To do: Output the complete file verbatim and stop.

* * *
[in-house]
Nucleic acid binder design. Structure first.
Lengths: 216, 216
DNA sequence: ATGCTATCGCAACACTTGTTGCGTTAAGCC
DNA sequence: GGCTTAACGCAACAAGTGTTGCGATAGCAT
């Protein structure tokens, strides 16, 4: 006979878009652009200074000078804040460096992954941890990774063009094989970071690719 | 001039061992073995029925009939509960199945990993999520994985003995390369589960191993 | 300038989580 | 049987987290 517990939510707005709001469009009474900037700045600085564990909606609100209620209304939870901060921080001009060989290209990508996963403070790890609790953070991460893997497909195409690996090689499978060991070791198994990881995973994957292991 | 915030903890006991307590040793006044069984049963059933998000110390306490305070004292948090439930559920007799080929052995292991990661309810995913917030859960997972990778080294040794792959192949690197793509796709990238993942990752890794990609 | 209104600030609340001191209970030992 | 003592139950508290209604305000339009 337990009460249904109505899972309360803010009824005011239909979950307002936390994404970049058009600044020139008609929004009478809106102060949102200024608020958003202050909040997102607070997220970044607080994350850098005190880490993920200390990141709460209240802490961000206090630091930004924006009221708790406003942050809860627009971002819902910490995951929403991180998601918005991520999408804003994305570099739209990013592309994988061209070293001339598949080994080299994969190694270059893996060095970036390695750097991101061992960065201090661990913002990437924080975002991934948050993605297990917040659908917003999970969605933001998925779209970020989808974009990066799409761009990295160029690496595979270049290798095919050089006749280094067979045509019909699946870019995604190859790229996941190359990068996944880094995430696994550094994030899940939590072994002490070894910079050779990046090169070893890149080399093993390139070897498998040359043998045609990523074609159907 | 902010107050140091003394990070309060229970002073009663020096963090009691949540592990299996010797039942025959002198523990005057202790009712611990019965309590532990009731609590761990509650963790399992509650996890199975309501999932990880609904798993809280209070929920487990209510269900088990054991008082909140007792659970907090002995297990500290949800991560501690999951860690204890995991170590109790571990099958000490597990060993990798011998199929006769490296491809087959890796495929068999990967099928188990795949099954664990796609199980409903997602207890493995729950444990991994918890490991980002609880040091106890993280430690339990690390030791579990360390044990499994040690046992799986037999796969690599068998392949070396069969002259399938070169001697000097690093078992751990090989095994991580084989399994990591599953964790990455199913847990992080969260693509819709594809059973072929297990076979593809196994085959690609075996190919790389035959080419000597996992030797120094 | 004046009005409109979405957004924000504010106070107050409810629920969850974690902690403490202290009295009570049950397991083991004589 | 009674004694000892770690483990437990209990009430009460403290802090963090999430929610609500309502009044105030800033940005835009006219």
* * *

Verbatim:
[in-house]
Nucleic acid binder design. Structure first.
Lengths: 216, 216
DNA sequence: ATGCTATCGCAACACTTGTTGCGTTAAGCC
DNA sequence: GGCTTAACGCAACAAGTGTTGCGATAGCAT
């Protein structure tokens, strides 16, 4: 006979878009652009200074000078804040460096992954941890990774063009094989970071690719 | 001039061992073995029925009939509960199945990993999520994985003995390369589960191993 | 300038989580 | 049987987290 517990939510707005709001469009009474900037700045600085564990909606609100209620209304939870901060921080001009060989290209990508996963403070790890609790953070991460893997497909195409690996090689499978060991070791198994990881995973994957292991 | 915030903890006991307590040793006044069984049963059933998000110390306490305070004292948090439930559920007799080929052995292991990661309810995913917030859960997972990778080294040794792959192949690197793509796709990238993942990752890794990609 | 209104600030609340001191209970030992 | 003592139950508290209604305000339009 337990009460249904109505899972309360803010009824005011239909979950307002936390994404970049058009600044020139008609929004009478809106102060949102200024608020958003202050909040997102607070997220970044607080994350850098005190880490993920200390990141709460209240802490961000206090630091930004924006009221708790406003942050809860627009971002819902910490995951929403991180998601918005991520999408804003994305570099739209990013592309994988061209070293001339598949080994080299994969190694270059893996060095970036390695750097991101061992960065201090661990913002990437924080975002991934948050993605297990917040659908917003999970969605933001998925779209970020989808974009990066799409761009990295160029690496595979270049290798095919050089006749280094067979045509019909699946870019995604190859790229996941190359990068996944880094995430696994550094994030899940939590072994002490070894910079050779990046090169070893890149080399093993390139070897498998040359043998045609990523074609159907 | 902010107050140091003394990070309060229970002073009663020096963090009691949540592990299996010797039942025959002198523990005057202790009712611990019965309590532990009731609590761990509650963790399992509650996890199975309501999932990880609904798993809280209070929920487990209510269900088990054991008082909140007792659970907090002995297990500290949800991560501690999951860690204890995991170590109790571990099958000490597990060993990798011998199929006769490296491809087959890796495929068999990967099928188990795949099954664990796609199980409903997602207890493995729950444990991994918890490991980002609880040091106890993280430690339990690390030791579990360390044990499994040690046992799986037999796969690599068998392949070396069969002259399938070169001697000097690093078992751990090989095994991580084989399994990591599953964790990455199913847990992080969260693509819709594809059973072929297990076979593809196994085959690609075996190919790389035959080419000597996992030797120094 | 004046009005409109979405957004924000504010106070107050409810629920969850974690902690403490202290009295009570049950397991083991004589 | 009674004694000892770690483990437990209990009430009460403290802090963090999430929610609500309502009044105030800033940005835009006219």